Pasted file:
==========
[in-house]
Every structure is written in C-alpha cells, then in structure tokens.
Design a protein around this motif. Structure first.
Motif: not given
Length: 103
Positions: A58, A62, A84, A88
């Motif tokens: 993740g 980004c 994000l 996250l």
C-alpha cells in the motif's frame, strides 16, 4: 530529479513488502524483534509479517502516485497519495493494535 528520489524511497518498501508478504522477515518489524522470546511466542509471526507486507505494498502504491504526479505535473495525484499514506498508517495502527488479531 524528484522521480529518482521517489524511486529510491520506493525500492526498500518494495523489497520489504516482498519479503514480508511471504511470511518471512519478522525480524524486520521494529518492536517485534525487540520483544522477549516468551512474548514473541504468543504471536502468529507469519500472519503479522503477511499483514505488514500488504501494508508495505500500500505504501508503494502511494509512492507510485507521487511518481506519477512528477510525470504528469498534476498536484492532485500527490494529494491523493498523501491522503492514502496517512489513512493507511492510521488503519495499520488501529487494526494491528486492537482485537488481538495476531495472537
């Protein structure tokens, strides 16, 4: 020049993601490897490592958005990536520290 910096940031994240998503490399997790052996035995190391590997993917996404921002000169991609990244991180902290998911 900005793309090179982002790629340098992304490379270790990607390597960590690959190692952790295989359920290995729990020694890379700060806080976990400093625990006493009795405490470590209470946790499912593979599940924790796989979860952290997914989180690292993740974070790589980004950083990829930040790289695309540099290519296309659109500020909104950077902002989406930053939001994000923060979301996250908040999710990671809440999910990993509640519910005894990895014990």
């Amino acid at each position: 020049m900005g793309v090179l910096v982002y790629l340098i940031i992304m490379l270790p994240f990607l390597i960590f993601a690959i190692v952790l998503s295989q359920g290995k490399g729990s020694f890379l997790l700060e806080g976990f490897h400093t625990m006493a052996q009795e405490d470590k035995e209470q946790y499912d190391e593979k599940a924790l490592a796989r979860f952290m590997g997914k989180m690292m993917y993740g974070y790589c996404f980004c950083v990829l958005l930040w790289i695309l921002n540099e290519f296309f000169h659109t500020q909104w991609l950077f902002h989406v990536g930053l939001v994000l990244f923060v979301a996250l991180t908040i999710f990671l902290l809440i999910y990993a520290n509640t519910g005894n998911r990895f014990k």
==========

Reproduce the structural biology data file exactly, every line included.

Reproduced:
[in-house]
Every structure is written in C-alpha cells, then in structure tokens.
Design a protein around this motif. Structure first.
Motif: not given
Length: 103
Positions: A58, A62, A84, A88
């Motif tokens: 993740g 980004c 994000l 996250l």
C-alpha cells in the motif's frame, strides 16, 4: 530529479513488502524483534509479517502516485497519495493494535 528520489524511497518498501508478504522477515518489524522470546511466542509471526507486507505494498502504491504526479505535473495525484499514506498508517495502527488479531 524528484522521480529518482521517489524511486529510491520506493525500492526498500518494495523489497520489504516482498519479503514480508511471504511470511518471512519478522525480524524486520521494529518492536517485534525487540520483544522477549516468551512474548514473541504468543504471536502468529507469519500472519503479522503477511499483514505488514500488504501494508508495505500500500505504501508503494502511494509512492507510485507521487511518481506519477512528477510525470504528469498534476498536484492532485500527490494529494491523493498523501491522503492514502496517512489513512493507511492510521488503519495499520488501529487494526494491528486492537482485537488481538495476531495472537
């Protein structure tokens, strides 16, 4: 020049993601490897490592958005990536520290 910096940031994240998503490399997790052996035995190391590997993917996404921002000169991609990244991180902290998911 900005793309090179982002790629340098992304490379270790990607390597960590690959190692952790295989359920290995729990020694890379700060806080976990400093625990006493009795405490470590209470946790499912593979599940924790796989979860952290997914989180690292993740974070790589980004950083990829930040790289695309540099290519296309659109500020909104950077902002989406930053939001994000923060979301996250908040999710990671809440999910990993509640519910005894990895014990």
């Amino acid at each position: 020049m900005g793309v090179l910096v982002y790629l340098i940031i992304m490379l270790p994240f990607l390597i960590f993601a690959i190692v952790l998503s295989q359920g290995k490399g729990s020694f890379l997790l700060e806080g976990f490897h400093t625990m006493a052996q009795e405490d470590k035995e209470q946790y499912d190391e593979k599940a924790l490592a796989r979860f952290m590997g997914k989180m690292m993917y993740g974070y790589c996404f980004c950083v990829l958005l930040w790289i695309l921002n540099e290519f296309f000169h659109t500020q909104w991609l950077f902002h989406v990536g930053l939001v994000l990244f923060v979301a996250l991180t908040i999710f990671l902290l809440i999910y990993a520290n509640t519910g005894n998911r990895f014990k």